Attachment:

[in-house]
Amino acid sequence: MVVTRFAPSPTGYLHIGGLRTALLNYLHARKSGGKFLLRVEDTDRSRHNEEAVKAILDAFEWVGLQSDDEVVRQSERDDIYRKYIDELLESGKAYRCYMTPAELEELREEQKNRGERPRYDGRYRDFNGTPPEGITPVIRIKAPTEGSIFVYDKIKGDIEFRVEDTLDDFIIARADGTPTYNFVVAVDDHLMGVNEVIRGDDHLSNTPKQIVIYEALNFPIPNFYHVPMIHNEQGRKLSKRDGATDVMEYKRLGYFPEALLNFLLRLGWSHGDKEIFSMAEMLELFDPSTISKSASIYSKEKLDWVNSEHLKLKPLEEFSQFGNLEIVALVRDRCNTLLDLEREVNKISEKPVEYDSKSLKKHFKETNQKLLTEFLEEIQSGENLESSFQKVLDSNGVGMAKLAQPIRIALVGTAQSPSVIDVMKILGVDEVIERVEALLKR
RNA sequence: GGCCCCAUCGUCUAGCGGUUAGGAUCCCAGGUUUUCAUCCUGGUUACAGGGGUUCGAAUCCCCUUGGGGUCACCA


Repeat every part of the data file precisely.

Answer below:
[in-house]
Amino acid sequence: MVVTRFAPSPTGYLHIGGLRTALLNYLHARKSGGKFLLRVEDTDRSRHNEEAVKAILDAFEWVGLQSDDEVVRQSERDDIYRKYIDELLESGKAYRCYMTPAELEELREEQKNRGERPRYDGRYRDFNGTPPEGITPVIRIKAPTEGSIFVYDKIKGDIEFRVEDTLDDFIIARADGTPTYNFVVAVDDHLMGVNEVIRGDDHLSNTPKQIVIYEALNFPIPNFYHVPMIHNEQGRKLSKRDGATDVMEYKRLGYFPEALLNFLLRLGWSHGDKEIFSMAEMLELFDPSTISKSASIYSKEKLDWVNSEHLKLKPLEEFSQFGNLEIVALVRDRCNTLLDLEREVNKISEKPVEYDSKSLKKHFKETNQKLLTEFLEEIQSGENLESSFQKVLDSNGVGMAKLAQPIRIALVGTAQSPSVIDVMKILGVDEVIERVEALLKR
RNA sequence: GGCCCCAUCGUCUAGCGGUUAGGAUCCCAGGUUUUCAUCCUGGUUACAGGGGUUCGAAUCCCCUUGGGGUCACCA